HOLLISTON, MASSACHUSETTS – For nearly as long as there have been standardized tests, educators have noticed a disturbing fact: Low-income students’ test scores are far lower on average than middle and higher-income students. Despite various efforts to fix it, over the past 30 years this “income achievement gap” has increased nationally by 40 percent.
This gap costs the U.S. economy an estimated $2.3 trillion dollars in lost opportunities each year, puts millions of students at risk for drop-outs, jail, and addiction, and makes some experts wonder if it’s still true that anyone in America can rise up simply through education and hard work.
While public schools in Massachusetts perform at the very top nationally in many areas, the Commonwealth struggles like the rest of the country to raise the proficiency scores of its low-income students.[i] On average the scores of low-income students have remained flat or increased no more than the rest of the population. In order to narrow the gap, we must not only raise the scores of low-income students, but raise them at a much faster pace. Until now, this has seemed impossible. An expert recently told a national gathering of school superintendents that until geographic segregation ended, “we will never narrow the achievement gap.”[ii]
The elementary schools that partner with one Massachusetts-based nonprofit group, however, are closing the gap—and fast. The Bay State Reading Institute (BSRI), now in its tenth year, partners with over 40 elementary schools in the Commonwealth. 2014 MCAS results show that low-income students at BRSI’s partner schools are progressing many times faster than the state average in English Language Arts on at least three different measures.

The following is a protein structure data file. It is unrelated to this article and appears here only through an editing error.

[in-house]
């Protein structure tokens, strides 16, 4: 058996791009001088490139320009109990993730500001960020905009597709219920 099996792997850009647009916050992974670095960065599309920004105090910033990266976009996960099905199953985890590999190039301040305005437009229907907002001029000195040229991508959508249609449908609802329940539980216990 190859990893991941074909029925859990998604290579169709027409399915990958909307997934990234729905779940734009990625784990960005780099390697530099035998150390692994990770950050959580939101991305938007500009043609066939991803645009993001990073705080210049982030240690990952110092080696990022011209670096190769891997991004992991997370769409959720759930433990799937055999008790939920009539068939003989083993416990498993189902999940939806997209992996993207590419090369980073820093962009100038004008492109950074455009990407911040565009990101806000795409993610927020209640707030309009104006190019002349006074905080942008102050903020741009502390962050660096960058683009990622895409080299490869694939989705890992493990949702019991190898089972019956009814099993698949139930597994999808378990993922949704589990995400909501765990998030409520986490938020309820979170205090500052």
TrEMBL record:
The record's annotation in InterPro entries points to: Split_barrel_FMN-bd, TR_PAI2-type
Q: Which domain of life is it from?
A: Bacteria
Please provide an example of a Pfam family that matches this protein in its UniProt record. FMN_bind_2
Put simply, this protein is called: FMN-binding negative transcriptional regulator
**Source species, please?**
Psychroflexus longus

At BSRI’s highest implementing schools, for instance, fifty percent more low-income students scored Advanced on ELA tests than the state average.[iii] On the Composite Performance Index (CPI) from 2012-2014, low-income students at BSRI’s high-implementing schools progressed at more than four times the state average[iv], and the Student Growth Percentile (SGP) for low-income students rose by more than six times the state average.[v]
And this doesn’t refer to a handful of students—it includes districts with twice the state average of low-income students, such as Fitchburg, Malden, and Revere. At Crocker Elementary School in Fitchburg, for instance, with twice as many low-income students as the state average, 27% of low-income students scored Advanced on the English Language Arts portion of MCAS in 2014, whereas the state average was 6%. So despite twice the low-income population, they propelled more than four times the state average to the top level in MCAS.